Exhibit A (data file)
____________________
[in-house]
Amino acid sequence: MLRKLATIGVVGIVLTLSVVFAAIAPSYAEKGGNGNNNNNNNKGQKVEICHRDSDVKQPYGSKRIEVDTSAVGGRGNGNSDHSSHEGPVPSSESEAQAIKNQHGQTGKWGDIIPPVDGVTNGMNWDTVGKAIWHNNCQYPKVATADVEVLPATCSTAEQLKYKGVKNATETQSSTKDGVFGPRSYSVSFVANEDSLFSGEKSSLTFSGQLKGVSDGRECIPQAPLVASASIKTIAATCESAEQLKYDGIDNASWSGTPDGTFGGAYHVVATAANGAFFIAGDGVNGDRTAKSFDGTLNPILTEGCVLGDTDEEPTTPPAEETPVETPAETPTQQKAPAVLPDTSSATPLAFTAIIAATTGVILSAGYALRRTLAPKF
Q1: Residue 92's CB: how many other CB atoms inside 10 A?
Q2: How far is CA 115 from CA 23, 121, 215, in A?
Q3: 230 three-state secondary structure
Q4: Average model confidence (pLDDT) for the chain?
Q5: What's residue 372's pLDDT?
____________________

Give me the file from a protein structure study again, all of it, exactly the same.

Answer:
[in-house]
Amino acid sequence: MLRKLATIGVVGIVLTLSVVFAAIAPSYAEKGGNGNNNNNNNKGQKVEICHRDSDVKQPYGSKRIEVDTSAVGGRGNGNSDHSSHEGPVPSSESEAQAIKNQHGQTGKWGDIIPPVDGVTNGMNWDTVGKAIWHNNCQYPKVATADVEVLPATCSTAEQLKYKGVKNATETQSSTKDGVFGPRSYSVSFVANEDSLFSGEKSSLTFSGQLKGVSDGRECIPQAPLVASASIKTIAATCESAEQLKYDGIDNASWSGTPDGTFGGAYHVVATAANGAFFIAGDGVNGDRTAKSFDGTLNPILTEGCVLGDTDEEPTTPPAEETPVETPAETPTQQKAPAVLPDTSSATPLAFTAIIAATTGVILSAGYALRRTLAPKF
Q1: Residue 92's CB: how many other CB atoms inside 10 A?
Q2: How far is CA 115 from CA 23, 121, 215, in A?
Q3: 230 three-state secondary structure
Q4: Average model confidence (pLDDT) for the chain?
Q5: What's residue 372's pLDDT?